The pressure to which the mixture is subjected during the reaction will be approximately the equilibrium pressure at the reaction temperature chosen, although a somewhat higher pressure may be advantageous to eliminate the formation of scale on the walls of the reactor. Because of the deleterious effect of oxygen on the reaction, the pressure is preferably achieved by the addition of oxygen free nitrogen to the reactor.

With direct drying the stearic acid and the sodium pyrophosphate remain in the polymer. When acid coagulation is employed the washing of the filtered poly- 4 mer removes the sodium pyrophosphate and the acetic acid utilized for coagulation. If it is desired to eliminate the stearic acid from the polymer, a small amount of ammonium hydroxide may be added to the wash water.

Other typical reaction mixtures are set forth in the following tables:

Table II Component: Parts by weight Vinyl chloride monomer Water 200 1 Hydrogen peroxide .05.l Sodium pyrophosphate .4 Ammonium carbonate 2.5 Lauric acid .33 Ammonium hydroxide .6

Table III Component: Parts by weight Vinyl chloride monomer 100 Water 200 Hydrogen peroxide .05.l Sodium pyrophosphate .4 Ammonium carbonate 2.5 Lauric acid .5 Ammonium hydroxide .3

The resultant polymer, in the form of finely divided particles, is suitable for use in a plastisol. When the method of the present invention is employed, and through suitable choice of amounts of constituents, paste viscosities may be obtained which are as low or lower than when a separate homogenization step is employed. For example, 100 parts of polymer produced as above described, when mixed with 60 parts of a plasticizer such as dioctylphthalate and l-2% of a stabilizer will, at room temprature, have a viscosity of 3000-8000 centipoise seconds when measured with a Brookfield viscosimeter at 20 r.p.m. Moreover, it will exhibit excellent setback properties. The plastisol above described will no more than double its viscosity after standing for two weeks.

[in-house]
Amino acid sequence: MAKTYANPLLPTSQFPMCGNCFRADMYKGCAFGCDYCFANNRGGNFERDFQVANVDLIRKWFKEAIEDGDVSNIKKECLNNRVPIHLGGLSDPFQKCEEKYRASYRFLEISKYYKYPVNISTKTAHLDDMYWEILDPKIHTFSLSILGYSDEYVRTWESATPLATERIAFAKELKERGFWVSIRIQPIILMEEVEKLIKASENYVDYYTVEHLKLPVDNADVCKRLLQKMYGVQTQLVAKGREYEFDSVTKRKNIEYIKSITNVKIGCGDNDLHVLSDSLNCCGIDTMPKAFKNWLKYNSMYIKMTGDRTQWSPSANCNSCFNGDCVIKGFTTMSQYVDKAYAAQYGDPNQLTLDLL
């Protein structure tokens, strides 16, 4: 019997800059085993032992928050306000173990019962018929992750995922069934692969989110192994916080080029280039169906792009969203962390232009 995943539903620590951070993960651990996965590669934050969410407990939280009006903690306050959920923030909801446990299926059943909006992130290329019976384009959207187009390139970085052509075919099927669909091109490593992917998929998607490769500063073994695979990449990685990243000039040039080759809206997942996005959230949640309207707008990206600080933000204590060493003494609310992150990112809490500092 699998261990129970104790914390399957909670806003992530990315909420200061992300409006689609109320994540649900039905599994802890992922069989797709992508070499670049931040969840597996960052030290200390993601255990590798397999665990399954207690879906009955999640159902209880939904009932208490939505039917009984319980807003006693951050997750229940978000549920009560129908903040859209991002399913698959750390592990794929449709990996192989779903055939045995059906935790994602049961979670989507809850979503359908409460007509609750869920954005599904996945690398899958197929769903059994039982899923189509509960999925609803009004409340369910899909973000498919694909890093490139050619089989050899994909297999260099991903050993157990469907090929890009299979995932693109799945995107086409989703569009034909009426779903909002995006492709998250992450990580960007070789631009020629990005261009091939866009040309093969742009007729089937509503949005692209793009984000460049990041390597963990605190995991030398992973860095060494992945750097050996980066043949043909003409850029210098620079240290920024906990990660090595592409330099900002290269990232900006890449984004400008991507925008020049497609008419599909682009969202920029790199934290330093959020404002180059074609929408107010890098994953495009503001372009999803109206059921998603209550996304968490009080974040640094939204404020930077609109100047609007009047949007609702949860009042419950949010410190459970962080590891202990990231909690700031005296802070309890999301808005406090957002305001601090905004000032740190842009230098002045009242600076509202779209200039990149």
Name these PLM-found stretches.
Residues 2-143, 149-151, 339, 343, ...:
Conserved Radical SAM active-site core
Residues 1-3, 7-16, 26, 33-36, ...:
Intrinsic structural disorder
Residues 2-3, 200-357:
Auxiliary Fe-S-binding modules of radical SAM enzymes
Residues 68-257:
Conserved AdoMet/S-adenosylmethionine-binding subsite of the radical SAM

Polymer made according to the present invention will have exceptionally good electrical properties when mixed with a plasticizer and formed into useful objects. The conventional minimum value of specific resistivity required to characterize a resin as electrical grade," is 10 ohms/cmfi. Polymers made according to the present invention, when compounded with a plasticizer such as dioctylphthalate in proportions of 100:40, will have a specific resistivity well above, and sometimes as much as 100 to 300 times higher than, that minimum value. Moreover, immersion of the resin in water for one week will not decrease that specific resistivity by a factor greater than two.